Create a budget today and start controlling your money rather than it controlling you. What? Budgets are for weak or geeky financial types? Wrong. Every successful corporation I have ever worked for has a budget. Read the Millionaire Next Door and you’ll find that even rich people live on budgets.

Make a commitment

Is there something you’ve been trying to do for a while but you just can’t seem to make it happen? Make a commitment to yourself today to stop trying and do or do not. Determine what it is that’s keeping you from doing and eliminate it. Even better, share your commitment with someone or share it below via a comment. When you make a commitment to others, it makes you significantly more likely to go through with it. That’s referred to as accountability.

What have you been trying to do? Make a commitment to do or do not today.  Add a comment and make your commitment public.

17 Responses (including trackbacks) to “Do or do not, there is no try”

  1. Miranda Says:

    I’ve always loved that quote as well. Personally, I’m saving more. We talked about doing it, we tried doing it. Finally, my husband and I sat down together, looked at our money situation, and did what we needed to do to make it happen.

  2. Baker @ ManVsDebt Says:

    Awesome post! I’m a huge fan of writing that makes me want to get up and go do something, rather than just think or analyze it. This is the perfect time for a call to action like this! Time to get my April budget rolling!

  3. Neal Frankle Says:

    I also love that quote. Another favorite “Perfect” is the enemy of “Good”. I’m happier when I dive in after some thought vs freezing and waiting for the “perfect” situation. Go for it! Thanks, great reminder.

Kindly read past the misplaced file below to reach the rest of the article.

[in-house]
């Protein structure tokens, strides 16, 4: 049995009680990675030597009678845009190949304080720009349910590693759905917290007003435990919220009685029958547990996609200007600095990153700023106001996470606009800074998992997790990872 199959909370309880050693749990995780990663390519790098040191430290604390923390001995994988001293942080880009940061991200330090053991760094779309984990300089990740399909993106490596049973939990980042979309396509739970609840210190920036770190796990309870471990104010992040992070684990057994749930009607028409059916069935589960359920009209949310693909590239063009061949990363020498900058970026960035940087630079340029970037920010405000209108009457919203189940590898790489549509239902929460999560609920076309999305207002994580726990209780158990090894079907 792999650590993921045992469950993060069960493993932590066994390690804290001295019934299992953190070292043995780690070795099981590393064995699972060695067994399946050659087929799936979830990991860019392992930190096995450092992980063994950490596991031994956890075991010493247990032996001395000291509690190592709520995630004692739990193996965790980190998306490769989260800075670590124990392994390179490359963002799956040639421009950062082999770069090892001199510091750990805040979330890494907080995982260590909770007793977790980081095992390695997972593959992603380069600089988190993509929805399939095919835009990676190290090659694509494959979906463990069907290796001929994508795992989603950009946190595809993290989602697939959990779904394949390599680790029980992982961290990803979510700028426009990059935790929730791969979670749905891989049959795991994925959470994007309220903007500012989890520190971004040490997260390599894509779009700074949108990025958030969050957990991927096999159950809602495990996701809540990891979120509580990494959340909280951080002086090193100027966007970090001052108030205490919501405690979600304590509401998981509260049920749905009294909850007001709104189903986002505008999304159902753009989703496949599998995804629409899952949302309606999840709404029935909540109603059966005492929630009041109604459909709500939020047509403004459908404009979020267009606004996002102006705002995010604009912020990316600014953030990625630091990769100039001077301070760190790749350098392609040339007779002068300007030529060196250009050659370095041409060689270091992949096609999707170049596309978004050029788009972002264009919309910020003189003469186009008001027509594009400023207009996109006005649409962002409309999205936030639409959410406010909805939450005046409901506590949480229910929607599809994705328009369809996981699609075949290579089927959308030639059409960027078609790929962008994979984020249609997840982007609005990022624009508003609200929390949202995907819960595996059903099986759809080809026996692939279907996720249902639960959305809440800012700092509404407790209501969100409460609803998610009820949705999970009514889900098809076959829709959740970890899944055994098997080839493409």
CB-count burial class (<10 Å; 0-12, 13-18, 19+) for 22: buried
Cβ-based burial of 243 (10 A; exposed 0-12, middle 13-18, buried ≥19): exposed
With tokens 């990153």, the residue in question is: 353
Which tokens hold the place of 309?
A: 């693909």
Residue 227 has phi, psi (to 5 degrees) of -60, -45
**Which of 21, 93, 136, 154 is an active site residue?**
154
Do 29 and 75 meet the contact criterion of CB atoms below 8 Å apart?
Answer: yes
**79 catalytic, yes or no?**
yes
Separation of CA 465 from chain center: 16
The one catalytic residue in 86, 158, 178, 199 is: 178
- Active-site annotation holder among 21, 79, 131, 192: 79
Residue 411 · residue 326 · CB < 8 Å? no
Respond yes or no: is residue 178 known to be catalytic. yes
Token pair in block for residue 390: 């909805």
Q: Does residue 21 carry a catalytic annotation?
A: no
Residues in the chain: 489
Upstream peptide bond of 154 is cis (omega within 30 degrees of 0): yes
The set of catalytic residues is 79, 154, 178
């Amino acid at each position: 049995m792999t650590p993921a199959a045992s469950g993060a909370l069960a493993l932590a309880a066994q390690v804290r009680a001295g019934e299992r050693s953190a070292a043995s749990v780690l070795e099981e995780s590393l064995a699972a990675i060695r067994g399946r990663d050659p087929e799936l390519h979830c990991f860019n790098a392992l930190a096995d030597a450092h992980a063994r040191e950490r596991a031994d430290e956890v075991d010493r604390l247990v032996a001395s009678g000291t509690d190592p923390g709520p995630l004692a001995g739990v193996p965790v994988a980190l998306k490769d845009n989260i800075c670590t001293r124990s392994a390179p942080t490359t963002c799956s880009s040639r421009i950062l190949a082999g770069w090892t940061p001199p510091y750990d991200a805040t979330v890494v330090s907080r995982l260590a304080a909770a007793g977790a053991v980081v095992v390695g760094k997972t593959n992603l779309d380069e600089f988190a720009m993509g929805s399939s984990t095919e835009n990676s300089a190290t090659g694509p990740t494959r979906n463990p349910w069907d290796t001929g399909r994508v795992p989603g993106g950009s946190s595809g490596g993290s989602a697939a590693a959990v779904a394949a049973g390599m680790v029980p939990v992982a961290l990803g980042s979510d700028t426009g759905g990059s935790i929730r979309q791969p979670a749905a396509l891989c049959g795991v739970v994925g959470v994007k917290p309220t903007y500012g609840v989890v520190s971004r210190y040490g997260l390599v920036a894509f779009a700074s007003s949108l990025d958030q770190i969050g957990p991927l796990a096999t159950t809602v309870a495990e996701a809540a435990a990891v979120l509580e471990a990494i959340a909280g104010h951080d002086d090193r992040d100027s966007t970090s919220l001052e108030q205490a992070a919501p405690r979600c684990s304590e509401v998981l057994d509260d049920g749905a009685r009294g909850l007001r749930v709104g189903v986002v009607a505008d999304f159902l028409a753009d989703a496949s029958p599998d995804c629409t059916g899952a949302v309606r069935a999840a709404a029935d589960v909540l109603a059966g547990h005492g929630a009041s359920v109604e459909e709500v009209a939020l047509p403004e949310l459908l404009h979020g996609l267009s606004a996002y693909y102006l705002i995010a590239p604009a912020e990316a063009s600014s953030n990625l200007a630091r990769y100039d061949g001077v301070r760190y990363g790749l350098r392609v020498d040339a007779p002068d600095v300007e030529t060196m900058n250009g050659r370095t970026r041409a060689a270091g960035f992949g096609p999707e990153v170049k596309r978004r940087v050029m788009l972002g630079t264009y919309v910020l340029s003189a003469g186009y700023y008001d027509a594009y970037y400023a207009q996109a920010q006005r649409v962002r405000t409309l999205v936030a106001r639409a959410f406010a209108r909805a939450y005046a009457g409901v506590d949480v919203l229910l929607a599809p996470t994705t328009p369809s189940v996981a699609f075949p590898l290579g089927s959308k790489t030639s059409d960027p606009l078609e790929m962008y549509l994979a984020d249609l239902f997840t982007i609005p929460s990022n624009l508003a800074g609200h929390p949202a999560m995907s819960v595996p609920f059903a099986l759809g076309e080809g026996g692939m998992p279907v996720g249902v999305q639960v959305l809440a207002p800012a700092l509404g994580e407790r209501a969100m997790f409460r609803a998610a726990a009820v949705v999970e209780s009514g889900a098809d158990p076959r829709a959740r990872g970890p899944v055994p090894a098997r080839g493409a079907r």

4. Gina Says:

    Excellent quote! I too had an emergency earlier this year and my $1k emergency fund covered it – just like Dave said it would – so I didn’t use my credit card. And I’ve been more committed to following a budget. I think I’ve finally broken the pattern. Thanks for the reinforcement – the timing of your post is perfect!

  5. Emily Says:

    Thanks for this post! It definitely hit home for me since “fear” of not having enough is what was holding me back from making the true commitment to staying on track. It is a daily struggle, but I know (and my husband knows) that we are on our way to being debt free.

  6. Sue Says:

    Make a commitment to yourself to stop using debt. Recognize that you are the problem, nobody else…

    This really struck me! How often do we (as people) say things like, “Well the bank shouldn’t have raised the credit limit if they knew I couldn’t pay….” or “they wouldn’t have given me the loan if I couldn’t make the payments…”.

    Even Eve said, “Adam gave me the apple!” It’s so human that we might even need to admit that we need help! Accountability from a good friend, online groups etc. are very helpful, and of course encouragement from awesome Blogs like GLBL!

  7. DDFD at Says:

    Great post!

    Some things are black and white– there is no gray area! Savings and debt reduction are two examples of these things . . .

  8. MyJourney Says:

    This advice is beyond applicable for saving. I have had to FORCE friends and family to set up an ING account and just do $25 bucks a week. But inevitably about 6 months later I get thanked!

    I always say, “Just DO IT!” it takes 5 mins.

  9. Carrie Says:

    I really enjoyed this post. It is very motivating.
    Sue – It was actually Adam that said that about Eve (but your point still holds true).